California Great Registers (FamilySearch Historical Records)Edit This Page
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|This article describes a collection of historical records available at FamilySearch.org.|
Access the records: California Great Registers, 1866-1910 .
This Collection will include records from 1866 to 1910.
The collection consists of County Clerk voting registers from most counties in California. The registers were created every other year. The time period varies by county. Those records without a specifc registration year, will have a "Registration Date Year Range." For these records, the "Event Date" is the median year.
The first voter registration records were county poll lists. In 1866, poll lists were replaced by voter registers known as the Great Registers. Each voter was required to register with the county clerk. An 1872 law required all counties to print an alphabetical list of voters every two years. Since 1895, data on voters has been more detailed.
Citation for This Collection
The following citation refers to the original source of the information published in FamilySearch.org Historical Records collections. Sources include the author, custodian, publisher, and archive for the original records.
- California County Clerks. California Great Registers. California State Archives, Sacramento, California.
The registers are arranged in columns and give the following information:
- Full name of each voter (only men could vote)
- State or country of birth
- If naturalized, he was to declare the name of the court and the date when the naturalization took place
How to Use the Record
Fill in the requested information in the initial search page. This search will return a list of possible matches. Compare the information about the ancestors in the list to what you already know about your ancestors to determine if this is the correct family or person. You may need to compare the information about more than one person to find your ancestor.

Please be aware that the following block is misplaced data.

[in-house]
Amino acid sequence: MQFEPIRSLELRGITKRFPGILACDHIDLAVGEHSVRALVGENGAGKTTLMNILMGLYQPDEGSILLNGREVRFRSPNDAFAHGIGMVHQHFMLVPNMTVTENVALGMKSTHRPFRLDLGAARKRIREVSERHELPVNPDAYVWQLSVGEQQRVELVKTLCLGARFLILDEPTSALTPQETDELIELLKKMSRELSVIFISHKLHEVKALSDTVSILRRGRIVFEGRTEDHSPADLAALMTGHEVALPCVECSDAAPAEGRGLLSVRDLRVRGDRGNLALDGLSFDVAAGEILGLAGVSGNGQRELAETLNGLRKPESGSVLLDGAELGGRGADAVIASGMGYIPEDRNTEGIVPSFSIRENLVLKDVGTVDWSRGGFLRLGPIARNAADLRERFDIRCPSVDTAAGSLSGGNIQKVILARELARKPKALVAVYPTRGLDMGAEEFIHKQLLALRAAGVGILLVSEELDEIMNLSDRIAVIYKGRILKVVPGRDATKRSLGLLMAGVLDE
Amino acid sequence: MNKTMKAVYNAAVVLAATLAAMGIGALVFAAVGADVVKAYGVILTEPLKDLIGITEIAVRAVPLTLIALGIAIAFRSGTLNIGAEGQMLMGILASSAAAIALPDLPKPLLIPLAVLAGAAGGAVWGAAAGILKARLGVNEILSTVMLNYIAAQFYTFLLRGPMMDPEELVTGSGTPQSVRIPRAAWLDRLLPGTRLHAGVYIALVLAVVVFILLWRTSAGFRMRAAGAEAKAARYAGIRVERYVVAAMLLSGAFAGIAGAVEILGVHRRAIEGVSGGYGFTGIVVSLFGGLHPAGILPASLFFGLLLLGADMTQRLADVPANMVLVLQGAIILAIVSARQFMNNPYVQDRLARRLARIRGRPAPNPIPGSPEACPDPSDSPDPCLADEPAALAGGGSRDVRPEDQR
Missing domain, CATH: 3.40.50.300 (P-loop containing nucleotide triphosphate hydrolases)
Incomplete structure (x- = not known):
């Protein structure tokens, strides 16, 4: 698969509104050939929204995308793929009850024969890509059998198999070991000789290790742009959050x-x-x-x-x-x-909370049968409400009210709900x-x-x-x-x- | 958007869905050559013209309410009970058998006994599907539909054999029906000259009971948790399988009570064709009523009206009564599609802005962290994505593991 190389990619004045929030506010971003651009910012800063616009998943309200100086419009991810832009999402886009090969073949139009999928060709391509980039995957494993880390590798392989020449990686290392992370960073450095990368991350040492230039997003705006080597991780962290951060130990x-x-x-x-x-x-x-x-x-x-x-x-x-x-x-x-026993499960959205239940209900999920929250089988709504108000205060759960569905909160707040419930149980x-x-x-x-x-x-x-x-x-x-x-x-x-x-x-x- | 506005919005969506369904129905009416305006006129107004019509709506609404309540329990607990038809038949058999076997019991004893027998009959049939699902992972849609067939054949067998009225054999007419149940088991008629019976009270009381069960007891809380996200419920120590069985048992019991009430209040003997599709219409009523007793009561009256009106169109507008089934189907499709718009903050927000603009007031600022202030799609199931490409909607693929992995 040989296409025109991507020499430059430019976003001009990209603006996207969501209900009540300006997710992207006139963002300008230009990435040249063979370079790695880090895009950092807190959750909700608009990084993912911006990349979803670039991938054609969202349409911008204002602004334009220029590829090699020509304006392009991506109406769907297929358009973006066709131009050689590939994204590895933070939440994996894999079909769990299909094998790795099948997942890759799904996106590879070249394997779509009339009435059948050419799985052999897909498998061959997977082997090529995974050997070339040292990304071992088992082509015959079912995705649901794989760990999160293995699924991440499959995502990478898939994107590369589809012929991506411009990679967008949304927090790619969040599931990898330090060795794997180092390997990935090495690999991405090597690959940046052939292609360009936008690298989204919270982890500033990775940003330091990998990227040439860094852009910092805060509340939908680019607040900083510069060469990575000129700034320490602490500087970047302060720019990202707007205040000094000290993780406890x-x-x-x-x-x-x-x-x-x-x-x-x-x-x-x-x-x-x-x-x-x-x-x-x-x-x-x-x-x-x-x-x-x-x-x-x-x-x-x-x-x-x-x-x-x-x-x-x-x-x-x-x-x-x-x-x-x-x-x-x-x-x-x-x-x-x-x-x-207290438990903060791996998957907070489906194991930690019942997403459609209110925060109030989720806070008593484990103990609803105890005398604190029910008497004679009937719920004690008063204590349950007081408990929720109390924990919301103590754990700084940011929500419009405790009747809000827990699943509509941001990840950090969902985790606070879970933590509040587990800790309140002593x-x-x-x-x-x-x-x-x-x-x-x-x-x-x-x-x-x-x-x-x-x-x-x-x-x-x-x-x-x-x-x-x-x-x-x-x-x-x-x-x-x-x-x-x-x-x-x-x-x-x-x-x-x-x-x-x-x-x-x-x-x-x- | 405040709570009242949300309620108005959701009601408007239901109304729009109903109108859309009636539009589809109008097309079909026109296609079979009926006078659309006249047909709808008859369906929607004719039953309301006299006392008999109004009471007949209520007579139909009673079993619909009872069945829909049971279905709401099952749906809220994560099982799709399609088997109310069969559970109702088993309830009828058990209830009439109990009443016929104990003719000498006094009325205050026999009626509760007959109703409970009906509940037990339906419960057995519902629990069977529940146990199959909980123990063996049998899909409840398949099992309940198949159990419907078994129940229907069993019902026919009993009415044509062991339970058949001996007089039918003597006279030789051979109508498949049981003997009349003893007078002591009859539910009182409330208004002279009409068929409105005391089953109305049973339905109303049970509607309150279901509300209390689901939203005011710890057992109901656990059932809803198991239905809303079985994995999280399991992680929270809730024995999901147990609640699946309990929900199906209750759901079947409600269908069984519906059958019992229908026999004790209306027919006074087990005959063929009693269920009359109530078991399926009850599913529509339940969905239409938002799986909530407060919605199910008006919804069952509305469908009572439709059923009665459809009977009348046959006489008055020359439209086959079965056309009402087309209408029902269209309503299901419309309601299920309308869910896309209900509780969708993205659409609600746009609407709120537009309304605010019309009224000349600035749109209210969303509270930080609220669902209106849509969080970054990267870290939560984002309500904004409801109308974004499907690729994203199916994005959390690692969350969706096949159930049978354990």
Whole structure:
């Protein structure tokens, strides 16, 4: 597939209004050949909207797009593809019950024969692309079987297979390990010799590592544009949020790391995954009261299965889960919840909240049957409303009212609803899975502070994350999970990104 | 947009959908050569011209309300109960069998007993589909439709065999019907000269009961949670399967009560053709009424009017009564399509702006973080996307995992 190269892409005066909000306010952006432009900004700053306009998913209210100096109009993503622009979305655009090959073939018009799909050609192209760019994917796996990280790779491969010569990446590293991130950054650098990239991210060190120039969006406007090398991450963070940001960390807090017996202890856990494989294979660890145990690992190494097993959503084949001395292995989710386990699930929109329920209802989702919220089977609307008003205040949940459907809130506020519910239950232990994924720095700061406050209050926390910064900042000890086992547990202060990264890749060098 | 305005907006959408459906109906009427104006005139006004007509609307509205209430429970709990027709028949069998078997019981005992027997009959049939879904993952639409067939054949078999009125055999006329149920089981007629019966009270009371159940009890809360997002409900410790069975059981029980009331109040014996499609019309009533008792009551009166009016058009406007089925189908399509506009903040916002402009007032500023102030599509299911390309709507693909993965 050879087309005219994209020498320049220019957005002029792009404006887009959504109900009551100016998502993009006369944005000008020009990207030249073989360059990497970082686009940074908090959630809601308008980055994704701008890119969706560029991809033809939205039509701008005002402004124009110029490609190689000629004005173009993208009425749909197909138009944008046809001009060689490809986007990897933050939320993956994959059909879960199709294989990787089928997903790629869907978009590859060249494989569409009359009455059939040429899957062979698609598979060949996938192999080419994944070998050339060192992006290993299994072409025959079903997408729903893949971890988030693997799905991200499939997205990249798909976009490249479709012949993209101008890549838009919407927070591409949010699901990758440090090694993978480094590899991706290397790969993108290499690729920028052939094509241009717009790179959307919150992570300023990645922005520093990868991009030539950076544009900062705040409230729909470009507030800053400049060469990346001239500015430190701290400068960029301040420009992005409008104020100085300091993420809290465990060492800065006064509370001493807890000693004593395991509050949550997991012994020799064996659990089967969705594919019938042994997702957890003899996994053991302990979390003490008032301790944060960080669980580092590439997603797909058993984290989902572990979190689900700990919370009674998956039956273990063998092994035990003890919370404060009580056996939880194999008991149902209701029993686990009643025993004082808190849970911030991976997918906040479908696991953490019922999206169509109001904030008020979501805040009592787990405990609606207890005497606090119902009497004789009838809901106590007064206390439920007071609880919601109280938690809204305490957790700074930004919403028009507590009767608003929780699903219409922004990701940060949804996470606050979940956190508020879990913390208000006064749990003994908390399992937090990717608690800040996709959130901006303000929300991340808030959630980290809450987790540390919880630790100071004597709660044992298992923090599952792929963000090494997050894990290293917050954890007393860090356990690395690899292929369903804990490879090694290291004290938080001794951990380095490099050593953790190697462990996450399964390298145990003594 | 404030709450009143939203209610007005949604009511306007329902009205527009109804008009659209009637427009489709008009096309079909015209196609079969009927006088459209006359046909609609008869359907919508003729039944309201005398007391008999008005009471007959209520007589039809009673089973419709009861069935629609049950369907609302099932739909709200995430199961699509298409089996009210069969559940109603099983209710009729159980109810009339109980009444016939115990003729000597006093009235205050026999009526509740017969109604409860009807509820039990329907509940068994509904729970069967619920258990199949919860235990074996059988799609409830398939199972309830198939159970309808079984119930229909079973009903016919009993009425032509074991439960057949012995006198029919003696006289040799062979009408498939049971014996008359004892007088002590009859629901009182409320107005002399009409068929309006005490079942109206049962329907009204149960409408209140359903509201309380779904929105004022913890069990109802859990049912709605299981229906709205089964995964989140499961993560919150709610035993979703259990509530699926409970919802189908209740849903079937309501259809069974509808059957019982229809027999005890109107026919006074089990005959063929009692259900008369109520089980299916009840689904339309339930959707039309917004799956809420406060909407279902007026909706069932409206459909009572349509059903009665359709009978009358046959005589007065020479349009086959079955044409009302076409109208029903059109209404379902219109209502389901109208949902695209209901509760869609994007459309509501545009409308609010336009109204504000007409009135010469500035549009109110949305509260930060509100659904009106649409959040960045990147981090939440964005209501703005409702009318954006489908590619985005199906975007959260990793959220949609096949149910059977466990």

The electoral registers may help you determine the residence of an individual and how long that person lived there. They may also help you locate other records in which that person might appear.
To begin your search you will need to know the following:
- Name of the ancestor
When you have located your ancestor’s record, carefully evaluate each piece of information given. These pieces of information may give you new biographical details that can lead you to other records about your ancestors. Add this new information to your records of each family. You may also find the following tips helpful:
- Use the name, residence and are or birth date to locate your ancestor in church, land, and census records.
- Use ages to determine approximate birth dates.
- Use the naturalization information to find their immigration and naturalization court documents.
- Information on occupations could lead you to employer's or other related records, such as business office or military records.
- Search for records of people in the county who shared a surname. These may have been the couple’s parents, uncles, or other relatives.
- When looking for a person who had a common name, look at all the entries for the name before deciding which is correct.
Keep in mind:
- Some counties were subdivided or the boundaries may have changed. Consider searching neighboring counties as well since that courthouse may have been more convenient for the person.
- The information in voter registrations in usually very brief so it is easy to confuse individuals with similar names.
- Only men were allowed to vote.
If you are unable to find the ancestors you are looking for, try the following:
- Check for variant spellings of the surnames.
- Check for indexes.
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Contributions to This Article
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Citing FamilySearch Historical Collections
When you copy information from a record, you should list where you found the information. This will help you or others to find the record again. It is also good to keep track of records where you did not find information, including the names of the people you looked for in the records.
A suggested format for keeping track of records that you have searched is found in the Wiki Article: How to Cite FamilySearch Collections.
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